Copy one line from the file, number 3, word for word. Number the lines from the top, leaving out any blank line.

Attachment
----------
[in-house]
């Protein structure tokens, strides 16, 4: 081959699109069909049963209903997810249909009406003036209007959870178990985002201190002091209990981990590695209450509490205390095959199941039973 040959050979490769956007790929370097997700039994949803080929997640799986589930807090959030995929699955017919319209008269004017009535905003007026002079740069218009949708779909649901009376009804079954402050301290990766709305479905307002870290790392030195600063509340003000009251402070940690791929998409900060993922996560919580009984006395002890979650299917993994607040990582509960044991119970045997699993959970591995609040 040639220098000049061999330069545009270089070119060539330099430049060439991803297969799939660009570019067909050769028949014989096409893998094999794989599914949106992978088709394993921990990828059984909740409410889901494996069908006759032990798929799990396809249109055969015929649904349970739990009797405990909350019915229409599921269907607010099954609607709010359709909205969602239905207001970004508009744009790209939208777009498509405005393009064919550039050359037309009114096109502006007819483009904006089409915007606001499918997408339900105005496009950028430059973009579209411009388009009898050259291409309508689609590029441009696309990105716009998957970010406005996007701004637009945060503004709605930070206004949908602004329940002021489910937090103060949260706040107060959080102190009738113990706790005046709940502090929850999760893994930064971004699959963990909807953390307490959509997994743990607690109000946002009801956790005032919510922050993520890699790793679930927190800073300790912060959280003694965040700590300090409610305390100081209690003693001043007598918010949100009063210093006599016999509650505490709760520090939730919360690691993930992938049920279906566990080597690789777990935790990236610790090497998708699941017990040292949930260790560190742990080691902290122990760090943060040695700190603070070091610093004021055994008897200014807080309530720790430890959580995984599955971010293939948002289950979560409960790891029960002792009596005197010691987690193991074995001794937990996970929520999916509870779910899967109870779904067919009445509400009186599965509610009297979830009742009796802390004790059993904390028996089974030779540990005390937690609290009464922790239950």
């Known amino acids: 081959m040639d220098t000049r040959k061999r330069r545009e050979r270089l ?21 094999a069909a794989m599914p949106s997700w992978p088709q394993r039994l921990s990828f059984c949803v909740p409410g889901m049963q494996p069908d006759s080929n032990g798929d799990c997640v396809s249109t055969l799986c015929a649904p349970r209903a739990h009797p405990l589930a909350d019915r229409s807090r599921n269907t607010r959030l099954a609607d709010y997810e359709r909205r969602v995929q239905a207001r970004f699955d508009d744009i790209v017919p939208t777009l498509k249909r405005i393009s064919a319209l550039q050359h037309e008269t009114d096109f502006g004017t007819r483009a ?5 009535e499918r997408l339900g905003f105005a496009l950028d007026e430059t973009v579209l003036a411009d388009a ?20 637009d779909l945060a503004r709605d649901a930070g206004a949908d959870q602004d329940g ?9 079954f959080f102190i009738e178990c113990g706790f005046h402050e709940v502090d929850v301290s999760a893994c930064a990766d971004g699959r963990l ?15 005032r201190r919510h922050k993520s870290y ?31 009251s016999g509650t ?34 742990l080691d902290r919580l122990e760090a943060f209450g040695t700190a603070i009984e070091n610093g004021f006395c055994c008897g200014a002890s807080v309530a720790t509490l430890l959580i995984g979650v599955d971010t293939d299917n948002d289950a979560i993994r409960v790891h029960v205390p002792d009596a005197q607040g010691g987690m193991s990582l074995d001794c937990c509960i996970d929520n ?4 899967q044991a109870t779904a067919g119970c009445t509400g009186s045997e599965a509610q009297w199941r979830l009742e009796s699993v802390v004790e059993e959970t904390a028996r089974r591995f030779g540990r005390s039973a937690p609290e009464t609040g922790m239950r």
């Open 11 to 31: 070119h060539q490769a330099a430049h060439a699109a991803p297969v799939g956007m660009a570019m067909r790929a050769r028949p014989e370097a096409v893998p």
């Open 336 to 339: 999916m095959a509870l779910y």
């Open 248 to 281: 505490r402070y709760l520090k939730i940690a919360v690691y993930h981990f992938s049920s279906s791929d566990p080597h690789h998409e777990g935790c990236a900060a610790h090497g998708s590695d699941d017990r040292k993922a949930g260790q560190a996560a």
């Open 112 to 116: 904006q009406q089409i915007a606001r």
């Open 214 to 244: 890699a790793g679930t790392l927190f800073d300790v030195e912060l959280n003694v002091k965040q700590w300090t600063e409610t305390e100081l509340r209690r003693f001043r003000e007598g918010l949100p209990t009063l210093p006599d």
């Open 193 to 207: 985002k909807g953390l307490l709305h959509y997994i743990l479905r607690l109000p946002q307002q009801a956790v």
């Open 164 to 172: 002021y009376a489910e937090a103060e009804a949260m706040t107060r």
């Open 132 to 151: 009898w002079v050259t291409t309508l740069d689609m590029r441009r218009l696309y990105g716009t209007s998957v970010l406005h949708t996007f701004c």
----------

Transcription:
């Known amino acids: 081959m040639d220098t000049r040959k061999r330069r545009e050979r270089l ?21 094999a069909a794989m599914p949106s997700w992978p088709q394993r039994l921990s990828f059984c949803v909740p409410g889901m049963q494996p069908d006759s080929n032990g798929d799990c997640v396809s249109t055969l799986c015929a649904p349970r209903a739990h009797p405990l589930a909350d019915r229409s807090r599921n269907t607010r959030l099954a609607d709010y997810e359709r909205r969602v995929q239905a207001r970004f699955d508009d744009i790209v017919p939208t777009l498509k249909r405005i393009s064919a319209l550039q050359h037309e008269t009114d096109f502006g004017t007819r483009a ?5 009535e499918r997408l339900g905003f105005a496009l950028d007026e430059t973009v579209l003036a411009d388009a ?20 637009d779909l945060a503004r709605d649901a930070g206004a949908d959870q602004d329940g ?9 079954f959080f102190i009738e178990c113990g706790f005046h402050e709940v502090d929850v301290s999760a893994c930064a990766d971004g699959r963990l ?15 005032r201190r919510h922050k993520s870290y ?31 009251s016999g509650t ?34 742990l080691d902290r919580l122990e760090a943060f209450g040695t700190a603070i009984e070091n610093g004021f006395c055994c008897g200014a002890s807080v309530a720790t509490l430890l959580i995984g979650v599955d971010t293939d299917n948002d289950a979560i993994r409960v790891h029960v205390p002792d009596a005197q607040g010691g987690m193991s990582l074995d001794c937990c509960i996970d929520n ?4 899967q044991a109870t779904a067919g119970c009445t509400g009186s045997e599965a509610q009297w199941r979830l009742e009796s699993v802390v004790e059993e959970t904390a028996r089974r591995f030779g540990r005390s039973a937690p609290e009464t609040g922790m239950r």